Black Lives Matter is a human rights movement. It’s about the discrimination that people of colour experience today, in democracies that supposedly guarantee equal rights.
But, as its revival this summer attests, in both the United States and the European Union, BLM has assumed the contours of something much bigger.
It’s also about a political environment in which sound plays an increasingly important role in current events. What we hear has become as important as what we see in video and photography.
Sparked by the sound of George Floyd pleading for his life, recordings of protests, and American police using sonic weapons like LRADs (long-range acoustic devices), field recordings are the new witness.
If you can hear it, it happened. Field recordings are about politics, how it addresses us and how we use its acoustic qualities to look for the holes and the inconsistencies in our societies.
So, in the case of Floyd, you can imagine where it fits. In order to win the fight against racism, the sounds of conflict must be recorded and heard loudly, and, most importantly, clearly.
That may sound novel, but for many musicians and producers, this is what drove them to write songs and make records, instead of become reporters. Hence Chuck D’s hip-hop is “the black CNN” quip.
Several years ago, Scotty Hard, HoneyChild Coleman, HPrizm, Val Jeanty and I formed the Underground Producers Alliance (UPA), in Brooklyn, to provide better education in the fields of sound design, music production, performance and audio engineering.
We also wanted to provide no-nonsense artist development and specialize in nurturing individual artists, and their scenes, which have so far included Albania, Iran, Japan and Palestine.
It may seem far-flung, but even for the most microscopic subgenre, everywhere is local now. That doesn’t mean music is the same everywhere. It’s just that the communities are broader, geographically, than they were when London was a world away from Liverpool for a band like The Beatles.
But that’s why it makes sense that the UPA and Battleground are teaming up to publish field recordings and music. With the fallout from George Floyd’s murder an international event, what happens on the streets of my hometown, New York, is as important in Brussels as it is in Washington DC.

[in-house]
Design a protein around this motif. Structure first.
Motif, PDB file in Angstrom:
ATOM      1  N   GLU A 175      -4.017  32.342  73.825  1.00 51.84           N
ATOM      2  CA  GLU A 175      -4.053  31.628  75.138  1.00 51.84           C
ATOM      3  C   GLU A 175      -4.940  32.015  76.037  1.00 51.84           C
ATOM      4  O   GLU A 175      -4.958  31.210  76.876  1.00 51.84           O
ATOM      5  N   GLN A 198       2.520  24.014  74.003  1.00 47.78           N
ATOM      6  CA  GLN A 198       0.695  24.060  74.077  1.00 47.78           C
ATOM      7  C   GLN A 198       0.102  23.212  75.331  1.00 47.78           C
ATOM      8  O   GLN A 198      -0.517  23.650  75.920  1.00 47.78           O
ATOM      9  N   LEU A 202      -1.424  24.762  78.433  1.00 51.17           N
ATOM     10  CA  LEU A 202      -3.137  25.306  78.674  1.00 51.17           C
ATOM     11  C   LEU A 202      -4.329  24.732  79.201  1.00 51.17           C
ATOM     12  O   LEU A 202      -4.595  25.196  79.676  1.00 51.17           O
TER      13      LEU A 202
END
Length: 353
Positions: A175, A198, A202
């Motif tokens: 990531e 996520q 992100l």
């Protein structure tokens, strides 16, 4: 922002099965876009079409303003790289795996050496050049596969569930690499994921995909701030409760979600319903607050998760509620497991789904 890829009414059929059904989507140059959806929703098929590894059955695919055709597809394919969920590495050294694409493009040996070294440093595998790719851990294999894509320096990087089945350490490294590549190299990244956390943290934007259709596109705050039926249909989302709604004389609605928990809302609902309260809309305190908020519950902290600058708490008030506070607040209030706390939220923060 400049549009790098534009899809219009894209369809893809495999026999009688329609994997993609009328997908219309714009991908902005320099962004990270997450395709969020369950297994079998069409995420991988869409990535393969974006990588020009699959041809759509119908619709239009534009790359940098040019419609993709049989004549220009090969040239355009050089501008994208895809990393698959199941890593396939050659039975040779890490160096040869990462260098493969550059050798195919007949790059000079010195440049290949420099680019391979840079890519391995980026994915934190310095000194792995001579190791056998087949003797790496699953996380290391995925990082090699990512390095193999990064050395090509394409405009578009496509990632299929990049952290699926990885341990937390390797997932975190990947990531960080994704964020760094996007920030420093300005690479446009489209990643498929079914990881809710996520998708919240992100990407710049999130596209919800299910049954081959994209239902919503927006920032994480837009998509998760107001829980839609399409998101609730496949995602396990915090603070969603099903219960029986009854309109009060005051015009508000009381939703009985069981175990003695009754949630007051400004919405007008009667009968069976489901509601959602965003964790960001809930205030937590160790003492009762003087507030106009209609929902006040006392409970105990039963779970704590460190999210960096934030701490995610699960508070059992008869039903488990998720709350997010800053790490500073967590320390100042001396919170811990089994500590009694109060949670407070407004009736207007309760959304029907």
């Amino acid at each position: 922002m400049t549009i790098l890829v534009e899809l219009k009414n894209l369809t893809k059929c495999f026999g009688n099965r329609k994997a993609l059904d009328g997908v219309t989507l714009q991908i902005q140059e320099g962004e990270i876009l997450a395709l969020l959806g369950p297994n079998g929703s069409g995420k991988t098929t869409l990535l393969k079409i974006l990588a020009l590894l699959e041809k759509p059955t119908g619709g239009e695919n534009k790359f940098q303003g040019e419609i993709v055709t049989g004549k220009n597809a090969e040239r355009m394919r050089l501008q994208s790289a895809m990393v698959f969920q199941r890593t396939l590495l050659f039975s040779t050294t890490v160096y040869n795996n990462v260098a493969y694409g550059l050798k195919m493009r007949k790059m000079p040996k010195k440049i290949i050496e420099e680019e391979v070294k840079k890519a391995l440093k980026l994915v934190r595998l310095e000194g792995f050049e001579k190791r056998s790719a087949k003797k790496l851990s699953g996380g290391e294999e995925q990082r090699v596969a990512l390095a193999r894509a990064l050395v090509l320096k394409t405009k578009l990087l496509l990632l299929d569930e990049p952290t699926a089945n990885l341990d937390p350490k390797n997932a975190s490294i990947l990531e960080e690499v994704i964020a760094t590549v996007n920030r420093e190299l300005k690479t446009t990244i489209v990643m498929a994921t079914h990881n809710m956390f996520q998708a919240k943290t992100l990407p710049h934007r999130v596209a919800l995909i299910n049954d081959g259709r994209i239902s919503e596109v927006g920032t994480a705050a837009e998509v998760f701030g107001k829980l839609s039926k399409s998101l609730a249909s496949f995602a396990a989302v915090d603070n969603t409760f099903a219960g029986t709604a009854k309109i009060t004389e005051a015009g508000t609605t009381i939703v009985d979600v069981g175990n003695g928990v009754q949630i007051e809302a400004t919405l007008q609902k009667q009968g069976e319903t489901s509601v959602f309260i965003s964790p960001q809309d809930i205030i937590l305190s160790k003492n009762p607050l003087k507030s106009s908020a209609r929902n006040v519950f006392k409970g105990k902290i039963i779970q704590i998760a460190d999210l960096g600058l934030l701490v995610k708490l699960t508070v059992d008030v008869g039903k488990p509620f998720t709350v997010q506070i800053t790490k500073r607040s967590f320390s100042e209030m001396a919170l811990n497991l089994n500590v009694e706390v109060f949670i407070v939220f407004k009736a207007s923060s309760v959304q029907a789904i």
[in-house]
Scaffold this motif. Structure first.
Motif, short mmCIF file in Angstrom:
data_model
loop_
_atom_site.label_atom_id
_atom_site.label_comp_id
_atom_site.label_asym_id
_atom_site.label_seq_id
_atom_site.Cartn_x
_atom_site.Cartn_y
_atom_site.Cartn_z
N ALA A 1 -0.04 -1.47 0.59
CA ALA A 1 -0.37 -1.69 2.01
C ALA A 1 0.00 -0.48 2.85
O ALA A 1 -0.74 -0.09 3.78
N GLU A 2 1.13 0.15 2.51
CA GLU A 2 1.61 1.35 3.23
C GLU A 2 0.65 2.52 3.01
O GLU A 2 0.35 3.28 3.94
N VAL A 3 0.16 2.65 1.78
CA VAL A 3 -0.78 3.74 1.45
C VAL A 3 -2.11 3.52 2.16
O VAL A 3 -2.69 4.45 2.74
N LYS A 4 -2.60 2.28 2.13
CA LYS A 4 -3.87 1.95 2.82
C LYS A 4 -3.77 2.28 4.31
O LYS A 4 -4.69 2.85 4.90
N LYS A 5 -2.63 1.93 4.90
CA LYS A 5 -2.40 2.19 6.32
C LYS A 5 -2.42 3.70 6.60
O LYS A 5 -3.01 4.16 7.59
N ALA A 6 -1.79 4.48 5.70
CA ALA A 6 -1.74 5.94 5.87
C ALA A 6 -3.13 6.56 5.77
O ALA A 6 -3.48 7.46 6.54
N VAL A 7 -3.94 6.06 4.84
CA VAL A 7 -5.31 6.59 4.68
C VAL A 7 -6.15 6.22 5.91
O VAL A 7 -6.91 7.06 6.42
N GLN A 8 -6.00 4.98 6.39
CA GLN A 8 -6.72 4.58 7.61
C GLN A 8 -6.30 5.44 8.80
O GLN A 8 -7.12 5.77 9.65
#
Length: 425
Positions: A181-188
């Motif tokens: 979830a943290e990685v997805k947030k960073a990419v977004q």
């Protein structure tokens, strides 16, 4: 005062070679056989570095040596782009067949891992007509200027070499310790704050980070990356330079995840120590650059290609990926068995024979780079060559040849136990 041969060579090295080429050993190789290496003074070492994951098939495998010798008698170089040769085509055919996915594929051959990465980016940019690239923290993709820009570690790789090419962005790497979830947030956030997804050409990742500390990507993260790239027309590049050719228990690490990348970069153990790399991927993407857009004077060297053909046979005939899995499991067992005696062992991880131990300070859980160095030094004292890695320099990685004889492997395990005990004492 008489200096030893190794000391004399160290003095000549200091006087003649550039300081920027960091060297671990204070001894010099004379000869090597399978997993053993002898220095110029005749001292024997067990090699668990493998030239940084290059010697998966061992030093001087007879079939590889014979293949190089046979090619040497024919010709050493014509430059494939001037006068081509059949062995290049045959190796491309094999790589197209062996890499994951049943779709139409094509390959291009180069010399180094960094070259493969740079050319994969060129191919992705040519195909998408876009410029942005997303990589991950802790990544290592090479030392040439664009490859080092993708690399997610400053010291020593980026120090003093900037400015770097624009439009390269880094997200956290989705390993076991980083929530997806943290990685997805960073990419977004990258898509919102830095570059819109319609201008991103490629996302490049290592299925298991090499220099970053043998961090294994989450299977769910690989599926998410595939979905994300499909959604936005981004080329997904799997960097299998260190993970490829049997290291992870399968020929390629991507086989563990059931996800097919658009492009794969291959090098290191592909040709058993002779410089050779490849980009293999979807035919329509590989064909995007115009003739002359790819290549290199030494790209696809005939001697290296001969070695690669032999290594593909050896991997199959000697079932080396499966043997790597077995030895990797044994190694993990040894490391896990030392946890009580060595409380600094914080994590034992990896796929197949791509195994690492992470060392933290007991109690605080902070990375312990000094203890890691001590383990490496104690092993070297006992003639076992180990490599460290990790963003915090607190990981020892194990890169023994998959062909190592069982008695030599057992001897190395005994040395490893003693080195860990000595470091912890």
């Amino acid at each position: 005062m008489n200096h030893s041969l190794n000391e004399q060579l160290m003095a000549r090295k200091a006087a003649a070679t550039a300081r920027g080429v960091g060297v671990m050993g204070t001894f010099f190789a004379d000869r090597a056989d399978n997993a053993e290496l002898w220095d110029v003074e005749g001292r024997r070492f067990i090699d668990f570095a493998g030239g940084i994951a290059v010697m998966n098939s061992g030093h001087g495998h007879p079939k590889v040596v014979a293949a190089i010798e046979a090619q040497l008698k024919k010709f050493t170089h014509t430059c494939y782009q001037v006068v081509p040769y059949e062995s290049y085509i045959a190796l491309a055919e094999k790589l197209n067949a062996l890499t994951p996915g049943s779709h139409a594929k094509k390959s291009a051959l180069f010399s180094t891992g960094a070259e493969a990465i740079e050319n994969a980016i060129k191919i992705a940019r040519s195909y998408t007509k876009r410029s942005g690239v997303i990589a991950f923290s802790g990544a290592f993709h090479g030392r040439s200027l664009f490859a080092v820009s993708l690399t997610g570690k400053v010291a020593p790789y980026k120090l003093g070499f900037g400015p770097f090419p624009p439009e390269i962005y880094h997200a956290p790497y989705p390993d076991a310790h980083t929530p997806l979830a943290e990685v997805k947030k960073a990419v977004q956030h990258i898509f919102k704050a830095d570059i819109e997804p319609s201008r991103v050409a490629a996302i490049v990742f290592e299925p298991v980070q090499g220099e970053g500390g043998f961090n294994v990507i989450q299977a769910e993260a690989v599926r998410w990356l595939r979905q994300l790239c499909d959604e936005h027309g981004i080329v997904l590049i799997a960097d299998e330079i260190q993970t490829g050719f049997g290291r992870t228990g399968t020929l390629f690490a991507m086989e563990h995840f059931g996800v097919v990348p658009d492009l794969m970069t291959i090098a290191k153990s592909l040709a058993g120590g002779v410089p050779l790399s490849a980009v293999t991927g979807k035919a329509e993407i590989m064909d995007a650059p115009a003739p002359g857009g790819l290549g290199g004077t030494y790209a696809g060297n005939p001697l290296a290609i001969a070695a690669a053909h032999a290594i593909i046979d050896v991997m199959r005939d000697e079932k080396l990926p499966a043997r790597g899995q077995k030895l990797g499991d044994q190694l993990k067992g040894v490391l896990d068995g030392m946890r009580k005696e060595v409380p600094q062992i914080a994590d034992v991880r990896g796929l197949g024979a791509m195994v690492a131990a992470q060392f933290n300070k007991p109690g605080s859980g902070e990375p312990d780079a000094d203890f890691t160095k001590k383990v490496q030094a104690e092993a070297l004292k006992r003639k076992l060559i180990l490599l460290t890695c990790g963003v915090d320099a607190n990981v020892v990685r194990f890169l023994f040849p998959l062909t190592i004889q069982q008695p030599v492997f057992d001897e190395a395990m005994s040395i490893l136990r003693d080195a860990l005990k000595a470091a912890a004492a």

True to the spirit of our projects, sound is politics and politics is art. There’s no point not mixing up field recordings with essays about Brexit and Black Lives Matter in Germany. It’s a far more interesting approach to using audio in news publishing than having your web browser read articles to you.
Here’s a good example: On 28 June, an ensemble of string players (violinists, violists and cellists) congregated under the arch in Manhattan’s Washington Square Park to perform a group improvisation during a vigil honouring Elijah McClain, a victim of police brutality who also played the violin.
Al Zlogar, a student of sound design, audio forensics and music composition at the UPA, was assigned to capture better sound for organizers, protestors and journalists to retain and use for better documentation of this sonic experience. Recording this event was on his to-do list.
The video didn’t make it onto the news, but it is relevant on its own, which is why we’re including it here. Zlogar’s footage captures an extraordinary cultural intervention in the Black Lives Matter crisis, one which is practically absent from the sensationalist, tabloid coverage of unrest following Floyd’s death.
BLM is always about angry, faceless African Americans, clashing with the cops, not a string ensemble. If that doesn’t change your mind about the upheaval, nothing will. But you get my point.
After the protests quickly became violent, and more and more media began to emerge of police brutality, the UPA decided to join together with several top-notch audio engineers, including Randall Dunn, Heba Kadry and Marta Salogni, to assist protestors, organizers and pro-bono lawyers to clarify sound recordings taken from phones and cameras to better prove their cases in court.
Another example: In 2017, the UPA collaborated with Mideast Tunes: Music for Social Change, the most popular streaming platform for artists from the Middle East and North Africa, to produce a sub-platform called Taqsim (Borderless Music Archive) where users are inspired to record and share field recordings for producers to process and use in musical contexts.
Taqsim was developed and featured tutorials from UPA’s own crew, including Scotty Hard, HPrizm, myself and Moroccan sound artist and researcher Sukitoa O Namau (a student and scholarship winner at the UPA), to inspire the use of field recordings as source material for creative musical collaborations in the MENA region.
In sound, there are several types of noise: White noise, Pink Noise, Brown Noise and Black Noise which is the silent one.
Not so with the Black Noise website, which we developed to feature the sounds of protest, and showcases the work of UPA field recording students as well as field recordists in other states who had their own protest recordings to share.
The Black Noise site allows visitors to zoom into the page, and scan the image for sounds. It also allows users to share individual selections of the map’s sounds with others, with a unique URL within the screen, to hear other areas of protests from around the United States.
Photograph courtesy of Al Zlogar. All rights reserved.